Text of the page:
Face it – tripods aren’t as sexy as lenses or camera bodies and shelling out a bunch of dough on a tripod just isn’t that satisfying. After selling my left kidney to pay for my Really Right Stuff tripod to support my super-telephoto wildlife lenses, I wasn’t real eager to cough up ~$900 to get a Gitzo Traveler for my landscape work. But I wanted a lightweight compact tripod I could take on hikes. A tripod that would fit inside my daypack, weighed under 4 pounds and had a working height that on level ground would let me (6’2”) work at eye level when I wanted. Enter the Oben CT-3481 4-section Carbon fiber Folding Tripod and BE-126T ball head. It’s a 3.9 pound, full-featured tripod that folds to 19 inches long and has a working height of 68 inches. As well, it has plenty of adjustments to allow you to work low to the ground or on uneven terrain.
I was a bit disappointed by the Photo Plus Expo this year in New York, because unlike last year, I did not find a lot of innovative products to be excited about. It seemed like the exhibit floor was full of the same things we had previously seen, except this year the organizers did not allow any Chinese companies on the floor (most likely because some of them were selling the exact same products as the bigger companies at a much lower price last year). However, there were a few things that I found that got me very excited and one of them was the Lume Cube. After seeing the product, Roman and I actually went back to see it again next day to find out more about it and to snap some pictures for our readers. So what is Lume Cube and why do I think it is an innovative product? Let’s take a closer look.
This is a review of the Think Tank Airport Roller Derby rolling camera bag. When I first saw that Think Tank had released a new 4 wheel camera bag, I was immediately curious. I had been using the Airport 4-Sight since it first came out and was very happy with it, but had filled it with as much gear as could fit in it and simply needed more room. The Roller Derby is a larger bag that looks like it has a few improvements over the 4-Sight. Could it become my new camera bag?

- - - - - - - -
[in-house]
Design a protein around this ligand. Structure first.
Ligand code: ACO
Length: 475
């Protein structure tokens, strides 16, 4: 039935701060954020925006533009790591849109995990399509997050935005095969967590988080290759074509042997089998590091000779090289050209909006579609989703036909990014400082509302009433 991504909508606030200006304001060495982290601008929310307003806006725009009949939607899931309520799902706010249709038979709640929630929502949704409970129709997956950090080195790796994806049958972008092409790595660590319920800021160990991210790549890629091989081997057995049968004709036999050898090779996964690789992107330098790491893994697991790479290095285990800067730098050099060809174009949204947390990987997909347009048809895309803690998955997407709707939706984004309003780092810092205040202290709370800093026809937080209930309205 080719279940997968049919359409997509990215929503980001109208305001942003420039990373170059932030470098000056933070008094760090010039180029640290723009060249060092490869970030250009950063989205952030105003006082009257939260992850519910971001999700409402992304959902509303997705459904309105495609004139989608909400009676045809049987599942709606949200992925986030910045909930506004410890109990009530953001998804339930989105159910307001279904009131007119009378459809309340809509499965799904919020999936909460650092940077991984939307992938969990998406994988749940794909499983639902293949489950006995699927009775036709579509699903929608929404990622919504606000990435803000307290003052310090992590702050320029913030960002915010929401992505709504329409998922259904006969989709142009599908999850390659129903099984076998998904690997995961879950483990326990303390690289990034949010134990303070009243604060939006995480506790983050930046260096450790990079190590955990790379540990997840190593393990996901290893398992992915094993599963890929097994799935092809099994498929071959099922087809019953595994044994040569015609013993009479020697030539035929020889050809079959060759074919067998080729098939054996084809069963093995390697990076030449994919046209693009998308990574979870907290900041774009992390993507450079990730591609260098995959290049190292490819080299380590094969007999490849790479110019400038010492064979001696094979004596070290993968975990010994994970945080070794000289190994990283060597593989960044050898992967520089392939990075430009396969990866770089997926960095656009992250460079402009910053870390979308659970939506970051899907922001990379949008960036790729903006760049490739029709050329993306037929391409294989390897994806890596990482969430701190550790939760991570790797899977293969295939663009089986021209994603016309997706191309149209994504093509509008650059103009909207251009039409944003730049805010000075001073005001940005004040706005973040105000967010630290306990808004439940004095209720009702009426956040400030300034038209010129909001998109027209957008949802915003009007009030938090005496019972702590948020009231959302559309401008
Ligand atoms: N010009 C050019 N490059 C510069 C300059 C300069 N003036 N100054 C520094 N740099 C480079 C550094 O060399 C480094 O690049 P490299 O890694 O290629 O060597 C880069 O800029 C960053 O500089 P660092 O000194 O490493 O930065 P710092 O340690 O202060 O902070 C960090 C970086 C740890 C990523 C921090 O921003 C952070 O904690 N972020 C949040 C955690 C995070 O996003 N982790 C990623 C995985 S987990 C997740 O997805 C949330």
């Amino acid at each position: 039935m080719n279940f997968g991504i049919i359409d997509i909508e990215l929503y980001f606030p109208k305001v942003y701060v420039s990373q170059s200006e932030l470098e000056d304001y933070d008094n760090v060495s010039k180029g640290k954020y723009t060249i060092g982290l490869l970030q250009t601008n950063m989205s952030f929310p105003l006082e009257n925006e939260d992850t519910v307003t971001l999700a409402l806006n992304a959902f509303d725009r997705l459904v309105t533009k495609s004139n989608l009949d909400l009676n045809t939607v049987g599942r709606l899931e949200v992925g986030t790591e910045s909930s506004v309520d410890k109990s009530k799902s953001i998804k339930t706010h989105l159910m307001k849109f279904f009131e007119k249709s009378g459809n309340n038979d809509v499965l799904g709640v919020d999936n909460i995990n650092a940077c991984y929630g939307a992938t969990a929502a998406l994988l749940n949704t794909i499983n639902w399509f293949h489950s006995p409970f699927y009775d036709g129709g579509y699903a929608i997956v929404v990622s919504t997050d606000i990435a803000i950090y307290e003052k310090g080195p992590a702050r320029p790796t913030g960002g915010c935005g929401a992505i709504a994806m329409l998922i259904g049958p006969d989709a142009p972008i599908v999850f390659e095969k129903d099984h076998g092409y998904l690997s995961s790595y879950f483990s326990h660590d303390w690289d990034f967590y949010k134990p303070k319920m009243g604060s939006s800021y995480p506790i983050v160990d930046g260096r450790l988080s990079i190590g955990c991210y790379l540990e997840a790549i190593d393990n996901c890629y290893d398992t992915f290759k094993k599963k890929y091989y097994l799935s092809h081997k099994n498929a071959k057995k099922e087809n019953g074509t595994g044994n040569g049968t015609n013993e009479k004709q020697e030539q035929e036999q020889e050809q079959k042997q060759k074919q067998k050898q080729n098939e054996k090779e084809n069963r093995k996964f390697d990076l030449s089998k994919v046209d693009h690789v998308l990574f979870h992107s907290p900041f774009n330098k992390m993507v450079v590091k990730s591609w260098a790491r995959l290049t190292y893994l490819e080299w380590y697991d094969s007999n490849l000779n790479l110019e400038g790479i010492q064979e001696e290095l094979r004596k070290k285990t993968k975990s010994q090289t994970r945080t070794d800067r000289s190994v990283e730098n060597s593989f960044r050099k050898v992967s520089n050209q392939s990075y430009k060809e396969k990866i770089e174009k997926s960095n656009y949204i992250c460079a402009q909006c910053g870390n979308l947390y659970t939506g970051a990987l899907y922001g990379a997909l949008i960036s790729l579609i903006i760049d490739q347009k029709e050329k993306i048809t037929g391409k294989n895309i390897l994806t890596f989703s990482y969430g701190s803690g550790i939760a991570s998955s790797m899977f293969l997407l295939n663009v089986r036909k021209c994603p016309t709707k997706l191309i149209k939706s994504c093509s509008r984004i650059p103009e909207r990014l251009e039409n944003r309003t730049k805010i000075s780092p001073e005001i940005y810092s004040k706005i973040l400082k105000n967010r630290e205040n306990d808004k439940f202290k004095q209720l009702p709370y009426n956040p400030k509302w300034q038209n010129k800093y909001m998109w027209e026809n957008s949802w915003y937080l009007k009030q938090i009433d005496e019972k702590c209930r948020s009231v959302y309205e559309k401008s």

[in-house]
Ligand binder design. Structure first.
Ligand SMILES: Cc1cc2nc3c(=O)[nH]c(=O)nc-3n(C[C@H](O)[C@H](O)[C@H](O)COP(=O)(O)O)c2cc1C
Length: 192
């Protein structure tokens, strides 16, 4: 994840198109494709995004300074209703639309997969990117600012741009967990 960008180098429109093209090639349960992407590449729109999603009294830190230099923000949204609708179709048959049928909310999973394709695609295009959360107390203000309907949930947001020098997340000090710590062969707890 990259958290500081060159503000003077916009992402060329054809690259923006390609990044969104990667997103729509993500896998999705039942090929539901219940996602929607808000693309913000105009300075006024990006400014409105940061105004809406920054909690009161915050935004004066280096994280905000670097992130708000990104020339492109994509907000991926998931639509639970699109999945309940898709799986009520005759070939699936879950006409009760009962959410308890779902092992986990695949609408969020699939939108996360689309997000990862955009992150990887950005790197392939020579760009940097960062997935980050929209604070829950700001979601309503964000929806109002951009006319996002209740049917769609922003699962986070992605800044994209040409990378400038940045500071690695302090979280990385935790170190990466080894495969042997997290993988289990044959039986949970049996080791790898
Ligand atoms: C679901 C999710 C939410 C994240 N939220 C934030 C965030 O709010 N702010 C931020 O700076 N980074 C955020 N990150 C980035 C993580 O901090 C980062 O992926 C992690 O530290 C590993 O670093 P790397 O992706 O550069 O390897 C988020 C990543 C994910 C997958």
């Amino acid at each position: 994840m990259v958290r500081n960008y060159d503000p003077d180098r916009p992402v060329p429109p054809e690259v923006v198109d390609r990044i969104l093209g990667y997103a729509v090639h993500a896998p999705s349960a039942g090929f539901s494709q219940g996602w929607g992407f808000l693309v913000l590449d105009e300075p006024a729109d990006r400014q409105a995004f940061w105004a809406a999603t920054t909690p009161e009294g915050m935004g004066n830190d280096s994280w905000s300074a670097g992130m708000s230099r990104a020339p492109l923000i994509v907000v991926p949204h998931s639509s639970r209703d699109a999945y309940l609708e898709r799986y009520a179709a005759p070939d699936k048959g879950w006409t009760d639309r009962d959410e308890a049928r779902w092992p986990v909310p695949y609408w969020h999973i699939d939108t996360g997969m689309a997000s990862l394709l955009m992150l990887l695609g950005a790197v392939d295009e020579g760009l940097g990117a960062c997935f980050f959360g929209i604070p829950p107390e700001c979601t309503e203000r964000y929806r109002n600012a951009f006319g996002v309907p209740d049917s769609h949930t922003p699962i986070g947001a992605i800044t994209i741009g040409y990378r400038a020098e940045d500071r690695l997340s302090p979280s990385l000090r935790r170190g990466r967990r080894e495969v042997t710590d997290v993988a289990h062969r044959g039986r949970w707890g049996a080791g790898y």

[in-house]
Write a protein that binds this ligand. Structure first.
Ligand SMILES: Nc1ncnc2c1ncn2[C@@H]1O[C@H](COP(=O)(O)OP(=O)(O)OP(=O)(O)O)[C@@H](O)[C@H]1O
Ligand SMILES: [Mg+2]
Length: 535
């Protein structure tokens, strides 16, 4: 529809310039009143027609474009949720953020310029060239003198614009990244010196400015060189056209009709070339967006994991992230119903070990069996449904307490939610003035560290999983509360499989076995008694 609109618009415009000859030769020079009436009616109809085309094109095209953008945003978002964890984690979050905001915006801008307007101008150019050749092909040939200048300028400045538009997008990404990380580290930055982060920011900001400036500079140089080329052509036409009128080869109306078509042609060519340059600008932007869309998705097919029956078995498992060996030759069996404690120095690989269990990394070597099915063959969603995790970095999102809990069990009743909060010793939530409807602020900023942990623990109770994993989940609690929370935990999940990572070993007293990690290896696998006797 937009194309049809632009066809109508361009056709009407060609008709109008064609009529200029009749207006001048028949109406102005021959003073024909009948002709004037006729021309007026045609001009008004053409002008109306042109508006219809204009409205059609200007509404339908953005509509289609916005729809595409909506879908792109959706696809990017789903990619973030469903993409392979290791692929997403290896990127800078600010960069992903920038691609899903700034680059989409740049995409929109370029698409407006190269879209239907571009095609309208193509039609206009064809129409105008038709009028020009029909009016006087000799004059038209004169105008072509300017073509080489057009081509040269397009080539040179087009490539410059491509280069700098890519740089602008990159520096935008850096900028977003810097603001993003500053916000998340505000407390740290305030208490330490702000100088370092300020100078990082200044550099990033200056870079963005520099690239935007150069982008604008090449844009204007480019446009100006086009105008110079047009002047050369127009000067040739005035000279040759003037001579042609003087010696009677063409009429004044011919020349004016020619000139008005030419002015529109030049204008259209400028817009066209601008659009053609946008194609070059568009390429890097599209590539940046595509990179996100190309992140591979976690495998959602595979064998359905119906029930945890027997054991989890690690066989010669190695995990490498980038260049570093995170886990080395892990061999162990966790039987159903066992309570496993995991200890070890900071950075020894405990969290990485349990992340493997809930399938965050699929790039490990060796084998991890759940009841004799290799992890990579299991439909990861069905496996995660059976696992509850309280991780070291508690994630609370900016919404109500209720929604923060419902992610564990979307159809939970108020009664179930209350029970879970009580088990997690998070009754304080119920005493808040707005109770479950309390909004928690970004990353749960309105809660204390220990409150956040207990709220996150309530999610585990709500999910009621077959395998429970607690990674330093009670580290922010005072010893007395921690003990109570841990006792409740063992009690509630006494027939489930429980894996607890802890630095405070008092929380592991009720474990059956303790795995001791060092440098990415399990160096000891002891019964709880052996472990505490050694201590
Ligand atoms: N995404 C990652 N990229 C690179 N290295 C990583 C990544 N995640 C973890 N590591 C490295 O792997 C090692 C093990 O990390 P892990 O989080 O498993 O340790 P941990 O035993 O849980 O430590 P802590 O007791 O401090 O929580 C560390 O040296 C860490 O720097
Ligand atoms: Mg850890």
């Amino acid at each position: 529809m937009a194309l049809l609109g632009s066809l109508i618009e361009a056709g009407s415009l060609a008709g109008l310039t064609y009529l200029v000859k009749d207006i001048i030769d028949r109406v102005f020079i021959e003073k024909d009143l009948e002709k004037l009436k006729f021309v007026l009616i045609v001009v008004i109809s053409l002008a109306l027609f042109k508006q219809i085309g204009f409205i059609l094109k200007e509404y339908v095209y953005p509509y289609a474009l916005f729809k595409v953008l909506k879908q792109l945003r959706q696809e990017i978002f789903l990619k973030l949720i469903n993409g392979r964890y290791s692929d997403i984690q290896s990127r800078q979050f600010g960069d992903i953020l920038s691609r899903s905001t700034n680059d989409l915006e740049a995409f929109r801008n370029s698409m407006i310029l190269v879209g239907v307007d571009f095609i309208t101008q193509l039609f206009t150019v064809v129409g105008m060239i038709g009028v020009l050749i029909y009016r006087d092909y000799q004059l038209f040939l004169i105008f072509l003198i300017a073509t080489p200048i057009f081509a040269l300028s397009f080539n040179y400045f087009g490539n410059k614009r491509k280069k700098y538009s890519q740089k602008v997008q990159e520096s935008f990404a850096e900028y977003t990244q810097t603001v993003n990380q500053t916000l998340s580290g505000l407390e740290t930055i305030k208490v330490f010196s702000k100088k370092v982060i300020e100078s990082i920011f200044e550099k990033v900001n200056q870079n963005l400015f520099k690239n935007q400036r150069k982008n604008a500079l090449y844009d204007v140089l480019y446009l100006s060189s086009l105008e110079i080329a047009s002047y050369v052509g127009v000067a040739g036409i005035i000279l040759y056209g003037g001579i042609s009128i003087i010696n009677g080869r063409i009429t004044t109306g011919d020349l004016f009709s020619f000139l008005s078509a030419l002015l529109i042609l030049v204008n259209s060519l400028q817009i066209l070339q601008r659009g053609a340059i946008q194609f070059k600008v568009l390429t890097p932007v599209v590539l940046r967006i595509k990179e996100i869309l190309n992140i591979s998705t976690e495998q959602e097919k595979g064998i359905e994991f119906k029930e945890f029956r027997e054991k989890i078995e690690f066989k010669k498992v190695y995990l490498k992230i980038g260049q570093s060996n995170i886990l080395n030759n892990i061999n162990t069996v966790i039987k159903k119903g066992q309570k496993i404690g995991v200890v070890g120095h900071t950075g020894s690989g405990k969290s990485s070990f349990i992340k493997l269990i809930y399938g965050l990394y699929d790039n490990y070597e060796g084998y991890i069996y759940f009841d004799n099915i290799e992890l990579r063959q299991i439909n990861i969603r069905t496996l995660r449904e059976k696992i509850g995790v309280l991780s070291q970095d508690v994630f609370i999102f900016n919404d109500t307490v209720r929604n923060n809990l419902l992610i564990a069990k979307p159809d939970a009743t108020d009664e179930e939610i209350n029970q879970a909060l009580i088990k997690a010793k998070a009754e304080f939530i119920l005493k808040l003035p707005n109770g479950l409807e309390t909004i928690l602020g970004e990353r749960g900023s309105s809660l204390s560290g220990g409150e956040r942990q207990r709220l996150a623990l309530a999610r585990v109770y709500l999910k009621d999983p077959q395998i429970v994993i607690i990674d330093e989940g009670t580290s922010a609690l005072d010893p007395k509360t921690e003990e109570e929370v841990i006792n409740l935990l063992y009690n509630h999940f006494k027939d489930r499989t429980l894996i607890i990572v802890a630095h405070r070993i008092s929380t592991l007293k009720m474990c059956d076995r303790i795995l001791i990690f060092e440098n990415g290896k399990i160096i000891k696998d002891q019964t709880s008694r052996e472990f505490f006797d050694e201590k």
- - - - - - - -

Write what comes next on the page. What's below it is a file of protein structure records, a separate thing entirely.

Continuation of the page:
We’re pleased to have one of Arizona’s top professional photographers, Dawn Kish, share her experience field testing two waterproof DSLR housings on a Grand Canyon raft adventure. Dawn is not only a regular shooter for magazines such as National Geographic Adventure and Arizona Highways, but a former river guide as well. For a quick one-minute video review of these two housings in action, scroll to the bottom of this post. For the more detailed analysis, read on.
When I first received the box with my Feisol Tournament Tripod and CB-50D head, it was unbelievably light. I almost wondered if they forgot something in the shipment. When I opened the box I found a very nice looking carbon fiber tripod and ballhead, but how would this super light combo perform in the field? In this review, I will be going over my personal experience with the Feisol system and compare it to my Manfrotto setup that I have been using for several years.